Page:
What is Parkinson's disease?
Parkinson's disease is a progressive brain disorder that affects more than 1.5 million Americans. It is characterized by the loss of cells that produce dopamine, a chemical that carries signals to nerve cells. Although tremors are the most widely known symptom of Parkinson’s disease, it includes a range of other neurological disorders (collectively called parkinsonism) that can include:
- Tremor (shaking)
- Rigidity (stiffness)
- Bradykinesia (slowness)
- Poor posture/Balance
Parkinson's disease treatment
There is currently no cure, but treatment for Parkinson's disease to manage the disease and limit its effects have greatly improved quality of life for patients. The neuroscience experts on staff at Baylor Scott & White have access to a wide range of therapies and advanced technologies to help control the effects of Parkinson’s base on each patient's unique circumstances.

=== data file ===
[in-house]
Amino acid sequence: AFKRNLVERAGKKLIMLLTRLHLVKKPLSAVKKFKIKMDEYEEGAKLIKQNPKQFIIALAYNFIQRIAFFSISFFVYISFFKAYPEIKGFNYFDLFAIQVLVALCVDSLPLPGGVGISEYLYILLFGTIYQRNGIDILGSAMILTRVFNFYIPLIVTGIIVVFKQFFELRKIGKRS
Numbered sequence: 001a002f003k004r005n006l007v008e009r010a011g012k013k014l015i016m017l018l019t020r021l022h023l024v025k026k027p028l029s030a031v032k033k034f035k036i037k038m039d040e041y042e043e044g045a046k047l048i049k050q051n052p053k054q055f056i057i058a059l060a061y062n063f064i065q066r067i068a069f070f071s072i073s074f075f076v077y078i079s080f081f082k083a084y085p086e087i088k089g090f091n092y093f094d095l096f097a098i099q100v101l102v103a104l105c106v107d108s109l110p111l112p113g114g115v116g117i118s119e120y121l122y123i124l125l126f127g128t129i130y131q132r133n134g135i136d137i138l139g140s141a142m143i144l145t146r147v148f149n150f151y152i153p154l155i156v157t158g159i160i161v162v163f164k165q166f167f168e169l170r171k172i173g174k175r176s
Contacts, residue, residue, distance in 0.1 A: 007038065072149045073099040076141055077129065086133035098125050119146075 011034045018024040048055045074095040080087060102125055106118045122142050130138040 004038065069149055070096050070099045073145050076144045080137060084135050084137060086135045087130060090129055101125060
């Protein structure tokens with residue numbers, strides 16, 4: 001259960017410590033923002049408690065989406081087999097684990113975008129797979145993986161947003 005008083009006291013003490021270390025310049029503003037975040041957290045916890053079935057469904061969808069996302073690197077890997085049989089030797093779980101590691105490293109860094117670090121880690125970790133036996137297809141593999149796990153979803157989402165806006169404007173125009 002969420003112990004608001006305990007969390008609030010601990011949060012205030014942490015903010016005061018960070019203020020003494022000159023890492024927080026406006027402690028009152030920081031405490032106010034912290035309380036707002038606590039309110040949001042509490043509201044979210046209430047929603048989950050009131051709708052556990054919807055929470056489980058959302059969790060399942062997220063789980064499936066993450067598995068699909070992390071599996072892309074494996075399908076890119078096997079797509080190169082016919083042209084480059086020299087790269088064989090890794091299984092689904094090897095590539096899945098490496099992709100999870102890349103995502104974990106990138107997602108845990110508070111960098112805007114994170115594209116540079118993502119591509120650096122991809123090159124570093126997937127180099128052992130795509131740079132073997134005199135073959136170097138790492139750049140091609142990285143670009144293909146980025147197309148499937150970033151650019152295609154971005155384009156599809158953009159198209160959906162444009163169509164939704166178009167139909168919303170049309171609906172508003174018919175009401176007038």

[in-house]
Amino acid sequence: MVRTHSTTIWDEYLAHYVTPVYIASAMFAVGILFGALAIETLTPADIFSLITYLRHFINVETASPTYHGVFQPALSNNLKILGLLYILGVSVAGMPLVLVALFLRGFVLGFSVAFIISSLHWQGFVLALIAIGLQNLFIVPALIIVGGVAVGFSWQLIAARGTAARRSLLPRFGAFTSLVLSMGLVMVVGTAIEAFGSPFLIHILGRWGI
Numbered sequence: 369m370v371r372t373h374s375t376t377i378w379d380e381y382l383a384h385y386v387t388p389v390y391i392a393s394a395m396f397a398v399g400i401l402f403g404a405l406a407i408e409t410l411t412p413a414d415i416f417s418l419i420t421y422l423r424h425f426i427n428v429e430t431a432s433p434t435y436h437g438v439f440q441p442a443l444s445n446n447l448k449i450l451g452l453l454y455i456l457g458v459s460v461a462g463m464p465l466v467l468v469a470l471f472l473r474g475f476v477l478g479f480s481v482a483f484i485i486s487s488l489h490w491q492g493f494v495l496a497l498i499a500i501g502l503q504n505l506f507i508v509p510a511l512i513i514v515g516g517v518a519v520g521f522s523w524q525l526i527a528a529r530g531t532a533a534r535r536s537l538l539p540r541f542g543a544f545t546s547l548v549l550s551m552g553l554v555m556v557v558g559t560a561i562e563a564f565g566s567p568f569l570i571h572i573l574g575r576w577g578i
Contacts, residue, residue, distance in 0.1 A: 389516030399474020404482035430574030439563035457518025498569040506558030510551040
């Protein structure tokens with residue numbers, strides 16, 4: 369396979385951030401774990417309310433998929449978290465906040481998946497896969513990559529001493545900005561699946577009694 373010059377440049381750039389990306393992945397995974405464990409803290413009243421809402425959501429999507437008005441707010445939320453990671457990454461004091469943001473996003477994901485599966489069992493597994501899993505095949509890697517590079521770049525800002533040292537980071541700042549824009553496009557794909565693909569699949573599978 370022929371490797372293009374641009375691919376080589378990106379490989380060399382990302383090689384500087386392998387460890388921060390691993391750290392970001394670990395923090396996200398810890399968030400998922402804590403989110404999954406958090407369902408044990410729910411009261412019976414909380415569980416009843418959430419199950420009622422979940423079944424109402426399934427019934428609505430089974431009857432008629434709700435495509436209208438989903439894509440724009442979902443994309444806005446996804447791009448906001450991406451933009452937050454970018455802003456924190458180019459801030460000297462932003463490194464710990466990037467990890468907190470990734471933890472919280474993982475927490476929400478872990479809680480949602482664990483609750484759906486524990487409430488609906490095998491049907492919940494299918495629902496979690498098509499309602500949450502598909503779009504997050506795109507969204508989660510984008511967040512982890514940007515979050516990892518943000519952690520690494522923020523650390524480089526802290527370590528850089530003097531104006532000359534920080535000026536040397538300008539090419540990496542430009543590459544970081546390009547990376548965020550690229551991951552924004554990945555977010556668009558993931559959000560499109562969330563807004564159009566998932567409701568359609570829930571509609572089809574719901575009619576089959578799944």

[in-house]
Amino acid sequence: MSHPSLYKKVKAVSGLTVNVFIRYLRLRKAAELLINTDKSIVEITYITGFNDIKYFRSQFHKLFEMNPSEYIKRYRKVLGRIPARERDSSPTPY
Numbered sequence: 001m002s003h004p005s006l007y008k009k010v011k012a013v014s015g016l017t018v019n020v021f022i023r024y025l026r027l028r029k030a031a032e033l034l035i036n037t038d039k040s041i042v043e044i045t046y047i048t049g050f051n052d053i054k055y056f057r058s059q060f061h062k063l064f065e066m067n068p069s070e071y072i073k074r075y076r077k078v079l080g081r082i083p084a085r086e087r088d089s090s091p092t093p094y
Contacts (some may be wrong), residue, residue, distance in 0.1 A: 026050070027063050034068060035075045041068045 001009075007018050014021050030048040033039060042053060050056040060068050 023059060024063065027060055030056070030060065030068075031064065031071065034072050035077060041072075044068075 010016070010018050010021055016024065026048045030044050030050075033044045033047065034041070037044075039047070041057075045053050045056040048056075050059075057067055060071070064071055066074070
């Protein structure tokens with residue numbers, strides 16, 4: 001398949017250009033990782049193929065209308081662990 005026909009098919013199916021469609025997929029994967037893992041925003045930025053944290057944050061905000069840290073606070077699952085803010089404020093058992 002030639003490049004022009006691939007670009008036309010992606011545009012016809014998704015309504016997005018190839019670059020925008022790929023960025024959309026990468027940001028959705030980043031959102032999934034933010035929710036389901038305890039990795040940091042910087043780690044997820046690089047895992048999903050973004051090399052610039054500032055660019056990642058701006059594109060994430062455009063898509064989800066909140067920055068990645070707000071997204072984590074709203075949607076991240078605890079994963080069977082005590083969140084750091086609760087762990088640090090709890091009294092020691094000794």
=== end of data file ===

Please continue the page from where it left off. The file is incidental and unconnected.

Parkinson's disease treatment options may include:
- Medication: There are many different options based on patient factors and disease stage
- Pallidotomy/Thalamotomy: Brain surgery that eliminates certain tissue to address involuntary movement and/or stiffness
- Deep brain stimulation: Implanting an electrode in the brain to send electrical impulses shown to reduce symptoms
- Neural grafting/Tissue transplants: Transplanting cells/tissue that may help create new dopamine-producing cells into the brain
- Rehabilitation/Therapy: Physical, occupational and speech therapy to help cope with symptoms and improve daily activity
- Clinical trials (when appropriate)